Put your price next to all of your products - you might already have this and if you don't, now is a good time to go ahead and develop a restaurant price list for your farm. You're going to want to have this on hand for later.

Now take that list of your farm products and compare it with the restaurant's menu.
You want to make sure that your pricing for this particular place is inline with theirs.  For instance, if one of your plentiful products is filet mignon (don't we wish?) and you charge $25/lb for it. The restaurant has this cut on the menu for $13, you're not going to be selling any filet to them.  However, if they have a nice burger on the menu for $10 and your ground beef is $5/lb, you might just have a winner!

A good rule of thumb is that food cost could be 20-30% of the plate cost - this includes veggies.

The other big thing to check is what meals they serve.  A full service restaurant will have need of many more products than one that serves only dinner.

But don't pick up that phone yet, there is still more to come before you make that first contact.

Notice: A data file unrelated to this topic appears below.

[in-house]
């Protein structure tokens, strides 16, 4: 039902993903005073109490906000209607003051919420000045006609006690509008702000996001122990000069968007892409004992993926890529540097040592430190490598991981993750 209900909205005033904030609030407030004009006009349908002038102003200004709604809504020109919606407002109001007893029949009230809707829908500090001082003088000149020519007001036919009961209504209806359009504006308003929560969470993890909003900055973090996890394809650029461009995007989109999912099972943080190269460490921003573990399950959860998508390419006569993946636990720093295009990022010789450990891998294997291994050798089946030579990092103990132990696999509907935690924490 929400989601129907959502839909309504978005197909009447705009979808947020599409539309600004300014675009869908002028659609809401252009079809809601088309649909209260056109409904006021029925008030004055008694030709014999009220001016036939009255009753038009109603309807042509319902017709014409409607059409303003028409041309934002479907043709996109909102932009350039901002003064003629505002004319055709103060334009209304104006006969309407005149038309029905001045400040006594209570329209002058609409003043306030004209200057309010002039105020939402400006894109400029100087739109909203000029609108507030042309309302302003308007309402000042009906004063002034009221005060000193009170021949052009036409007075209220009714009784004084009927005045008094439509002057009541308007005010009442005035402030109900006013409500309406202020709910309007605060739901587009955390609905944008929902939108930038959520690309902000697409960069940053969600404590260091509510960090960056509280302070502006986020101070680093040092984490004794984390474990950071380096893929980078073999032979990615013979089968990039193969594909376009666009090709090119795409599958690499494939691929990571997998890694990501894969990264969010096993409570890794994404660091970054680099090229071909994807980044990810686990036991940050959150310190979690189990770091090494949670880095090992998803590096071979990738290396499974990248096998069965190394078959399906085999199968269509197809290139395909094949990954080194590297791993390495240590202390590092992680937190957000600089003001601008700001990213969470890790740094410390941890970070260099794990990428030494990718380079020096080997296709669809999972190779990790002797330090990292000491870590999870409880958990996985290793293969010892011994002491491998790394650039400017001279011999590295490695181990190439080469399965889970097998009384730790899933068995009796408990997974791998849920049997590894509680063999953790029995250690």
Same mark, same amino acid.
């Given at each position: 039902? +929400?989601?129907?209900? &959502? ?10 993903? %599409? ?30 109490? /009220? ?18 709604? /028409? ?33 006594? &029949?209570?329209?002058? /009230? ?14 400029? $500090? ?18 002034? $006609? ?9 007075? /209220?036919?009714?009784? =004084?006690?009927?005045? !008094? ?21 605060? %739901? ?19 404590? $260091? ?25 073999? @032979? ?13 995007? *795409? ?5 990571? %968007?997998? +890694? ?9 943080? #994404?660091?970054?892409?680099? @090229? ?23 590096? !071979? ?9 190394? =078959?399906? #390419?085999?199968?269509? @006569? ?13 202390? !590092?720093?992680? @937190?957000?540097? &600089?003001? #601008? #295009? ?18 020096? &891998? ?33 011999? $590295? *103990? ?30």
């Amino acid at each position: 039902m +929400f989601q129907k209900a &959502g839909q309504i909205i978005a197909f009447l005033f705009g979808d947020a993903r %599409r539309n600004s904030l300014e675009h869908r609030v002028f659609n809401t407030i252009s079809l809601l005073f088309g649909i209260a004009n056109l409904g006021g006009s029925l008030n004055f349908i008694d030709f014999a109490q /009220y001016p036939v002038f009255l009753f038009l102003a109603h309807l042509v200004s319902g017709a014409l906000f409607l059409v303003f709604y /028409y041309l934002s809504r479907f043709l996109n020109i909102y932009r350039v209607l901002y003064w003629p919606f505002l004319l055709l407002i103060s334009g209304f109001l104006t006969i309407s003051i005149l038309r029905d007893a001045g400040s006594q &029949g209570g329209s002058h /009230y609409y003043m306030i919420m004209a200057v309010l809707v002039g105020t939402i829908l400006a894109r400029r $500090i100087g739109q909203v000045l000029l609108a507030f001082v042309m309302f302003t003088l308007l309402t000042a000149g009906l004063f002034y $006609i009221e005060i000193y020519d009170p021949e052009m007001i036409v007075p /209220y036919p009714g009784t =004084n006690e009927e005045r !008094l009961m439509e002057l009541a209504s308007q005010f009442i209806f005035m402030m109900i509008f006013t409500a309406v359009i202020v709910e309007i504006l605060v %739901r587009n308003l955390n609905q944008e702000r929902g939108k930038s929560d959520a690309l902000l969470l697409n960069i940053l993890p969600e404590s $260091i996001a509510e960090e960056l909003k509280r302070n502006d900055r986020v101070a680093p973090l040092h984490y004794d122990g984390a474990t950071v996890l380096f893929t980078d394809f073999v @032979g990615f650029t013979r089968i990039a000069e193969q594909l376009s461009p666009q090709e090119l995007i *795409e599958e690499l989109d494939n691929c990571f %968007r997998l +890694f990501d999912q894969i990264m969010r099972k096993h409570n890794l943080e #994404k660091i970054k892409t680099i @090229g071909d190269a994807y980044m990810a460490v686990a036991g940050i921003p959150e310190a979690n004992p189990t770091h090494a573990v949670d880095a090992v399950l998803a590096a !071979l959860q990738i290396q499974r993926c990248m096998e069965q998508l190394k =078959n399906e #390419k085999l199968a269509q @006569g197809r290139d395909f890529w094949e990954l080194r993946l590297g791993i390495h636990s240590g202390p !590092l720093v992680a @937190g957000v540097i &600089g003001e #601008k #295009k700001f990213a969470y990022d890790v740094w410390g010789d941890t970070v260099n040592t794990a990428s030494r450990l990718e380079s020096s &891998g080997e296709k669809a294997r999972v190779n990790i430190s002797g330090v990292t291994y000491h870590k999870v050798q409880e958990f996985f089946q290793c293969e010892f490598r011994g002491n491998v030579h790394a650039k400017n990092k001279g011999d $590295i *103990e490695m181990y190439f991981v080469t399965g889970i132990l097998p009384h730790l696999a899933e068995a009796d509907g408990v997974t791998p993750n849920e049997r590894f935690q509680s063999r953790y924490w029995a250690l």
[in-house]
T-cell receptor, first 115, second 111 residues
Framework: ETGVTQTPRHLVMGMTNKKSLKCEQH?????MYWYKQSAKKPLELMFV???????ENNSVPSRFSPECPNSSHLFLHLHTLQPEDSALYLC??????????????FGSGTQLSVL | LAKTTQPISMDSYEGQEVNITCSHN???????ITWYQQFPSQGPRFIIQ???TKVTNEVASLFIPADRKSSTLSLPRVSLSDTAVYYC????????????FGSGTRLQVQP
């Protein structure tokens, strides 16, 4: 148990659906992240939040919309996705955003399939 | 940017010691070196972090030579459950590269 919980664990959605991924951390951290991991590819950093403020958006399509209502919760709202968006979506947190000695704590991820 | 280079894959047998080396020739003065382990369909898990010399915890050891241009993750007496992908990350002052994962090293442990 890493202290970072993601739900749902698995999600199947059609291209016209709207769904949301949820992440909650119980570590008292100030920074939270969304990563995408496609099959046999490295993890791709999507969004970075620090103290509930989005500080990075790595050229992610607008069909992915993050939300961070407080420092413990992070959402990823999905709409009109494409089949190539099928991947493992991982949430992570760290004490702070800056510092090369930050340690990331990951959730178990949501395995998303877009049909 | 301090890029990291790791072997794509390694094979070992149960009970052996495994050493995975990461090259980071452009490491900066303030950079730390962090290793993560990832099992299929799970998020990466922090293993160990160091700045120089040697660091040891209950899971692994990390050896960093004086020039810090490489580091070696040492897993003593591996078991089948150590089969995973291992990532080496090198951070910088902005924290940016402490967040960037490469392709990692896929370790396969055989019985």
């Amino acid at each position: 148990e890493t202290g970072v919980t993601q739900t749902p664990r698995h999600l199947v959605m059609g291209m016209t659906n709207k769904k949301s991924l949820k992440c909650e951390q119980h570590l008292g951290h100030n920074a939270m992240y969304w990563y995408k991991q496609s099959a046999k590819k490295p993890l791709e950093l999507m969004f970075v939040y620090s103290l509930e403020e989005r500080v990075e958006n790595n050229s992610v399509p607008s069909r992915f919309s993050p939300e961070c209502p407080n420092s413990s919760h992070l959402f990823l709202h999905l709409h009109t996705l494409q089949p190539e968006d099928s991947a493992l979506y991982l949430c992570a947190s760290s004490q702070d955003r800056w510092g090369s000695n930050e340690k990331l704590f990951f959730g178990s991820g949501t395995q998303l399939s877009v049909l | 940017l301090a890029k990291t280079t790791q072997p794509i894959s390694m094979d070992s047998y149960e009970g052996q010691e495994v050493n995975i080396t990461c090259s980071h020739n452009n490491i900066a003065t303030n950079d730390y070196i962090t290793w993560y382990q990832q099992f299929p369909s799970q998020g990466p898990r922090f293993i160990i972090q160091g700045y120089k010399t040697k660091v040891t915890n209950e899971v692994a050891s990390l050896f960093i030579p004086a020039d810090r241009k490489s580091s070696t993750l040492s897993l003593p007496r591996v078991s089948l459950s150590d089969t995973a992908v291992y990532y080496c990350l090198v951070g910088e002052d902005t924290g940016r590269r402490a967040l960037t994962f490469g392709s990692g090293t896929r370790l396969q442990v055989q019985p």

See you next week with step three.

Any questions or comments?

Thursday, May 26, 2011

Behind the Scenes: Buying Club Load-up

The Polyface Buying Club is a unique and successful system of serving customers. Customers place their orders online through the Buying Club website. We receive their orders, weigh, process, and pack them (referred to as "load-up"), and the orders stored in the freezer. On a designated day, they are delivered to a drop site where customers meet our Polyface driver, Richard Morris, to pick up their order.

Many people make the Polyface Buying Club a success, from accounting, answering emails, product inventory, organizing the website, and distribution. I work specifically on freezer inventory and organization. We deliver to a drop site every five weeks, and because of the number of drop sites, there are two load-ups per week.

I thought it would be fun to share with you specifically how we put together a load-up. It's kind of like "behind-the-scenes" to getting product to our customers!

This week we were blessed with a visit from apprentice Eric Barth's family. Laura, the oldest daughter in their family, was gracious and photographed Eric and I as we did our work. She helped out a great deal during load-up when we were short-staffed, too!

So, here is our day:

The walk-in fridge and freezer:



Eric and I bundle up in our winter coats and gloves, although it's already a warm morning. We gather boxes and head into the chilly freezer (notice the temperature!).